All this came flooding back as I was watching some Brazilian tag team wresting on tv the other day and it occurred to me that this is how I live at the moment; for five days a week, 9am - 1pm, Hagar and Hasnaa, my two tutors, pass me around, battering me with short vowels, long vowels, aspirants, the 28 letters of the alphabet and their individual sounds (which changes dependent on where they feature in the word), the damma, kasra and fateh, which are the accents above and below letters that also change their sounds. I may also add here that Arabic letters not only change sound but shape dependent on whether they feature at the beginning, middle or end of a word and there is also an initial shape to remember. All in all, there are over 80 shapes and several billion sounds to remember and don't get me started on the elephant in the room, the 29th letter of the alphabet, the lem/alif, which behaves like an embarrassing drunk uncle at a family wedding.

From 9 - 11, Hagar puts me through my paces, regardless of how I try to sidetrack her. When I make a schoolboy error (think of the stupidest schoolboy you can - I'm nowhere near that standard), there is a definite roll of the eyes followed by

No problem. Take your time. It will all make sense. Eventually.

There was one memorable moment when Hagar, after a particularly trying hour, sent a not so silent prayer heavenward.

Then Hasnaa takes over for the final two hours (I have a picture of Hagar having to lie down with a damp towel over her eyes). Hasnaa likes to make me go and talk to the rest of the staff, who no doubt can hear the dread tread of the condemned man approaching. Hasnaa also likes to sing her way through the lesson. This, inevitably is not a solo performance, so the pedestrians below are treated to an event that would empty an abbatoir.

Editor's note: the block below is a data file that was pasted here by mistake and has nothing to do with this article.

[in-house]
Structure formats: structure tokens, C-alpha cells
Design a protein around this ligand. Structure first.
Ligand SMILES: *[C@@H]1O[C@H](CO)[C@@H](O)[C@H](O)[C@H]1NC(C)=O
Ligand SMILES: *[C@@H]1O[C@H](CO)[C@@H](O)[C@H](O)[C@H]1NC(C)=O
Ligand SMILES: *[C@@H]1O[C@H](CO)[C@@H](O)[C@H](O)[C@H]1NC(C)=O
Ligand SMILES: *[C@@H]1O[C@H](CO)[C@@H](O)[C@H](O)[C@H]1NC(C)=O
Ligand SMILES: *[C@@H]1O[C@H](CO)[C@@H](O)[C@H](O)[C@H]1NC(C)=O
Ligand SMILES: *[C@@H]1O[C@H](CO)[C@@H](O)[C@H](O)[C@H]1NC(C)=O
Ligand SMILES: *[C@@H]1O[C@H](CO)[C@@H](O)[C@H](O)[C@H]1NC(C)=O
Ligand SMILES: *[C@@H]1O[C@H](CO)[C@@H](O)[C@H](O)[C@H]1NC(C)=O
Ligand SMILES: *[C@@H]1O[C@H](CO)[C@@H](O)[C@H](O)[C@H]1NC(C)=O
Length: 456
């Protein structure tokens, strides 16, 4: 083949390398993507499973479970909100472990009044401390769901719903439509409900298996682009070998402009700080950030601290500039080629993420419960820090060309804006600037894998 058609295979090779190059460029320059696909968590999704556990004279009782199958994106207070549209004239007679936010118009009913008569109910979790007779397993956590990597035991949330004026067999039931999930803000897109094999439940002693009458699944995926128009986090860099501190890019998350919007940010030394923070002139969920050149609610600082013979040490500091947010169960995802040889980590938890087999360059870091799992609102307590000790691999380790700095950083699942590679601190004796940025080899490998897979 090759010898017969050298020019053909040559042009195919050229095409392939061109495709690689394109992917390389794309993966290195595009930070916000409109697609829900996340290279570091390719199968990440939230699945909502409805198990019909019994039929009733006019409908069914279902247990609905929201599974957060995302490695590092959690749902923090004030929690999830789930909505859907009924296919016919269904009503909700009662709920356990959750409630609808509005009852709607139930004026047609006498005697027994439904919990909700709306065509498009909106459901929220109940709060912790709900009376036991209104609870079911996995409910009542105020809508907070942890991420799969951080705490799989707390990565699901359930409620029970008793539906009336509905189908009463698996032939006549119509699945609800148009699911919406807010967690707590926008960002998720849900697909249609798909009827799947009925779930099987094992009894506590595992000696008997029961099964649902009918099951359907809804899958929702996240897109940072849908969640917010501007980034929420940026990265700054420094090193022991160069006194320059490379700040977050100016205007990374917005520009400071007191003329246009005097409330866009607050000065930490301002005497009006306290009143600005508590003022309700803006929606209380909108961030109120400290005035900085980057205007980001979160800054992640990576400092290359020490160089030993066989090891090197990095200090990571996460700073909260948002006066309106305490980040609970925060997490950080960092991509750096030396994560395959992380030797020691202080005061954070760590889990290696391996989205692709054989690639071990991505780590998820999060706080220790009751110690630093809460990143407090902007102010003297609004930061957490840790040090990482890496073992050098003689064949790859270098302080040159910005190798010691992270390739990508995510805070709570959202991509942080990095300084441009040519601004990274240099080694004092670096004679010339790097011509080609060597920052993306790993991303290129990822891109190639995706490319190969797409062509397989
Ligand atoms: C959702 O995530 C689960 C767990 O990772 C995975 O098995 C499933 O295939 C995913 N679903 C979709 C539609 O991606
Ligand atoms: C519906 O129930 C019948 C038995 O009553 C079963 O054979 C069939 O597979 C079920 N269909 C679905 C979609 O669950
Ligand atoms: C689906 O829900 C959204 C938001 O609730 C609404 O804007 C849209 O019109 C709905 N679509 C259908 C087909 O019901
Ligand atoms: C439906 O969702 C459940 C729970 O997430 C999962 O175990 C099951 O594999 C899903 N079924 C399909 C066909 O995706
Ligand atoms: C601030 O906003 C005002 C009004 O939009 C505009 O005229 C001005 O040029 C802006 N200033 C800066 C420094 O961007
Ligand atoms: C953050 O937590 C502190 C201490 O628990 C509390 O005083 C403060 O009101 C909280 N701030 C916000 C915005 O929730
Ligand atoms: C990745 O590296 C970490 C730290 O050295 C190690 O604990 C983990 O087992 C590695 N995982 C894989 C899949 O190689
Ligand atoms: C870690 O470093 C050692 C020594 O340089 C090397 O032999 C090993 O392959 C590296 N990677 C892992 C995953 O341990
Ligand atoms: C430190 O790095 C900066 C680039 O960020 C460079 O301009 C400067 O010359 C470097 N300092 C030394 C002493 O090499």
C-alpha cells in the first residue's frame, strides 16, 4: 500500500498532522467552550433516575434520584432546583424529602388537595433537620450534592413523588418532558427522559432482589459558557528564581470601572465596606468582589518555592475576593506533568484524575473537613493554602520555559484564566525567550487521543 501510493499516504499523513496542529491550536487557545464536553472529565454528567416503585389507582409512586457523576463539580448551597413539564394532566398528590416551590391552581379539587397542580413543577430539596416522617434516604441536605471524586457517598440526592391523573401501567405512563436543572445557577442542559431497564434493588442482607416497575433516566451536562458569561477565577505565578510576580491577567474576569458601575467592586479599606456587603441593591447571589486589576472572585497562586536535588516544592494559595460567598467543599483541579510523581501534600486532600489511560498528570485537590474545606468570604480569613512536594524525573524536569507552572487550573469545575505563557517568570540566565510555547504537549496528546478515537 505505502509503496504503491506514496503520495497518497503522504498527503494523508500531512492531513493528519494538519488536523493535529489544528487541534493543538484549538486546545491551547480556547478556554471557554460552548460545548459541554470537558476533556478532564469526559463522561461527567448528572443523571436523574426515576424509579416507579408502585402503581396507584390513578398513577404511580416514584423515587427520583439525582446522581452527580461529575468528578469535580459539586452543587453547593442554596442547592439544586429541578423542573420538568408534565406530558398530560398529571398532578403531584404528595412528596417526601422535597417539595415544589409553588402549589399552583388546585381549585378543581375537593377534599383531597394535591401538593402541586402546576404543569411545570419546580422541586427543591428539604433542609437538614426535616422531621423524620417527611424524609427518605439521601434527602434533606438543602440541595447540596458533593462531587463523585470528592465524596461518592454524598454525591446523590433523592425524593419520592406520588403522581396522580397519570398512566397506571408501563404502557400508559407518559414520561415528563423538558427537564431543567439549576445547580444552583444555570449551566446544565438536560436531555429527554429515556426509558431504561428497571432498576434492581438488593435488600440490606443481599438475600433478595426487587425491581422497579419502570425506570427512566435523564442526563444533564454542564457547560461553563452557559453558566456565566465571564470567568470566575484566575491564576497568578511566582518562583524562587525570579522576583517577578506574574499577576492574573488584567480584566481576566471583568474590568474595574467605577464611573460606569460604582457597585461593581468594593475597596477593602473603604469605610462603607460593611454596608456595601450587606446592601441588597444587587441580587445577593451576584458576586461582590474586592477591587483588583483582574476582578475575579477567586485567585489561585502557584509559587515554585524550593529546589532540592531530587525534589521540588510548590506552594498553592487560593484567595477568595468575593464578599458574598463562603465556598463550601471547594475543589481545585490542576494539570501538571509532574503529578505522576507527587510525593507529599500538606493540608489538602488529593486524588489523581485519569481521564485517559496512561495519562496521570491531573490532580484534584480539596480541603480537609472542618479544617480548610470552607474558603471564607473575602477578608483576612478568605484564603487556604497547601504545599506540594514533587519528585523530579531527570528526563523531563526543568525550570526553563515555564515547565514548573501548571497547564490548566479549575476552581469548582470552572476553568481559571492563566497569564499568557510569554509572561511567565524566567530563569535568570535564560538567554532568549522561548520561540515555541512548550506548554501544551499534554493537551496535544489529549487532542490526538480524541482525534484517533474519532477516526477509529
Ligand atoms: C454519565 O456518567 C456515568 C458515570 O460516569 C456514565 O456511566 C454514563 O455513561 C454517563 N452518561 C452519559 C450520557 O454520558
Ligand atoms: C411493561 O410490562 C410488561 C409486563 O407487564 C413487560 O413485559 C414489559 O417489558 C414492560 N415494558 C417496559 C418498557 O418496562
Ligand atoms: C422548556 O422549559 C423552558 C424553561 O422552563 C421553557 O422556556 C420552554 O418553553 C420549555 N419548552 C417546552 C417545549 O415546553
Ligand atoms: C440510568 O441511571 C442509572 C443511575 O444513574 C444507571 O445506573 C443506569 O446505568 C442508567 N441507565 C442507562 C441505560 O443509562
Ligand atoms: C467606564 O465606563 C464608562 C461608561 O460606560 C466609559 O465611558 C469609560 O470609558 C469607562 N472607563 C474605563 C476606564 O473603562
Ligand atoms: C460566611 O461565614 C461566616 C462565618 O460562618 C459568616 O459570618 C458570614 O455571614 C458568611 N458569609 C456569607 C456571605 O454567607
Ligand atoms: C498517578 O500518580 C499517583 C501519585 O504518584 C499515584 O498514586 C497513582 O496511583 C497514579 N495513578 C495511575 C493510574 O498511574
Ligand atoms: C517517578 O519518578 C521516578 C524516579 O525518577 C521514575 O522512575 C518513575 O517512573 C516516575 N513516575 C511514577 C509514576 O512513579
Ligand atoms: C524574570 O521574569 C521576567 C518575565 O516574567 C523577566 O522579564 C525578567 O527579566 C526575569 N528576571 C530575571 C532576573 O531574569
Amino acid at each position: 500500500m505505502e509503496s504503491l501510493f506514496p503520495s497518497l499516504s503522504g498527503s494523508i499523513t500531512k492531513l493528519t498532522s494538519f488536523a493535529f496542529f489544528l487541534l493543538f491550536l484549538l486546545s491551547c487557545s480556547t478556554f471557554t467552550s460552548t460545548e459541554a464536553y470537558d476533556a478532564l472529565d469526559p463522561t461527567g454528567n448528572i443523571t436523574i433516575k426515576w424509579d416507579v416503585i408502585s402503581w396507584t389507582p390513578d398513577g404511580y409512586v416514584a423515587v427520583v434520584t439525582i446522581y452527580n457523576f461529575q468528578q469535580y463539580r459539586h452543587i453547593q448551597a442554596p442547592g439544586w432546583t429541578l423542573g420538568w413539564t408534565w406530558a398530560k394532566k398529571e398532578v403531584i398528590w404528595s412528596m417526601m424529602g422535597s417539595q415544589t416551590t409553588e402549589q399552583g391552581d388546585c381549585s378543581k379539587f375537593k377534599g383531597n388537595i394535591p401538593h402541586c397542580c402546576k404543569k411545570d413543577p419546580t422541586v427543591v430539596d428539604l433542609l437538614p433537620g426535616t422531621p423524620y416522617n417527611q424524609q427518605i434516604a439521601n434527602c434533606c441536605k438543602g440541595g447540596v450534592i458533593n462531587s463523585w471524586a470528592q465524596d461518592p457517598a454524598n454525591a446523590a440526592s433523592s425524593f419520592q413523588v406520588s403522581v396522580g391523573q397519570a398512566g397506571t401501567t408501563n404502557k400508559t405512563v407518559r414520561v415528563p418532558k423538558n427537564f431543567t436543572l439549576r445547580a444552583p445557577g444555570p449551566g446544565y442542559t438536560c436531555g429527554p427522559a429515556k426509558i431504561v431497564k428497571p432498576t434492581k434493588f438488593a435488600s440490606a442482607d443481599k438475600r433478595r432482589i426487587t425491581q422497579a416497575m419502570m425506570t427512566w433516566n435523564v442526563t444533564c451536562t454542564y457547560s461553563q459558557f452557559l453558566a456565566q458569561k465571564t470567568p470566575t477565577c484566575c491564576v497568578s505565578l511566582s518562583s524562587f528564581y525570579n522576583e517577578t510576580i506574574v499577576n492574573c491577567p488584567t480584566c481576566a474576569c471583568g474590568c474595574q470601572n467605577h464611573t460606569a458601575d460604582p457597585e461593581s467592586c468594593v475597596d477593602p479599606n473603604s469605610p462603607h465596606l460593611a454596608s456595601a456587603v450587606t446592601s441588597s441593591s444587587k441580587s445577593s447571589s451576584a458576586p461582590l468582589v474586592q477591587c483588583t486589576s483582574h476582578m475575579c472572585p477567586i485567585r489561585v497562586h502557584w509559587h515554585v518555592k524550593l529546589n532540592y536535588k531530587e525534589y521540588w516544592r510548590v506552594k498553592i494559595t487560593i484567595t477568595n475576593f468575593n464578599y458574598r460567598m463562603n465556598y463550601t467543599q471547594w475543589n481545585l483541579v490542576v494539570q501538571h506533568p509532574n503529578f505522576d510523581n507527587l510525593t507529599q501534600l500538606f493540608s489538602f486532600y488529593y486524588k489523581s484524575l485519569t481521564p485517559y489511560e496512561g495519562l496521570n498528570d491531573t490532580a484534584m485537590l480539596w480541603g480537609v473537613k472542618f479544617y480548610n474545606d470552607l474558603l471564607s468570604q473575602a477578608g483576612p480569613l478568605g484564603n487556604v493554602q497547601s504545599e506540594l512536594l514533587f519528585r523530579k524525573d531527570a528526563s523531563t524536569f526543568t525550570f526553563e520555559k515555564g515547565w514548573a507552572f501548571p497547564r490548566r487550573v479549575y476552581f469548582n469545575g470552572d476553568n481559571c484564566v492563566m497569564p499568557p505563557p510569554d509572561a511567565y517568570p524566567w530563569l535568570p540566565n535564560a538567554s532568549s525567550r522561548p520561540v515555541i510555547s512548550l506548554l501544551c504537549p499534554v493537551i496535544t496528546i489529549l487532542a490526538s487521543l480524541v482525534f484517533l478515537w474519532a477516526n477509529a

Both Hagar and Hasnaa have incredible patience (and resolve), so I am making progress, shwey, shwey. At the end of four hours I'm drained, my jaw aches from concentrating, my eyes roll randomly in my head and it's time to go for a coffee, before I do it all again tomorrow.

Posted by johnward 06:27 Archived in Egypt Comments (0)

Cairo - #Hashtag Economics#

Unemployment is high in Egypt, in fact the country has just been downgraded from B to B- by one of those organisations who seem to have a lot of power but no responsibility.

This downgrade is the result of that old standby, 'the present political situation.' Unemployment is particularly high amongst recent graduates, who can find few jobs that meet their newly elevated status (I think that's probably part of the problem; feckless bunch, graduates).

However, there are at least three occupations that I can think of that have improved Cairo's streets over many years. The first is the rag pickers that can be seen everywhere, salvaging waste from bins and recycling much of what they take. It's a full time, professionally organised business operation, going back decades. The city itself cannot cope with the amount of rubbish it produces, so they have an arrangement where the private sector step in. Without them, Cairo would have smothered under its own detritus somewhere in the last century. It's also a job for life and probably better paid than a graduate's salary.

The second group are the unofficial guardians of parking spaces for Cairo's drivers. There are over 10m people in Greater Cairo, all seem to have a car, all seem to be on the road at the same time and all are looking for that convenient parking spot on the street. Crossing the road here, can be a terrifying and strangely life affirming experience (life affirming, if you survive, naturally). Cairo has all the problems of a city where car seems to be king; downtown Cairo often seems in a state of permanent gridlock, officious traffic cops and of course, nowhere to park. This is where the park and guiders come in - each seem to have their own territory and they operate using a combination of high brain function algebra and trigonometry with an arcane, almost magical command of space that allows them to guide and cajole a brand new Merc into a gap designed for a SmartCar. Failing that, they simply roll the cars around them backward and forward until the required space appears.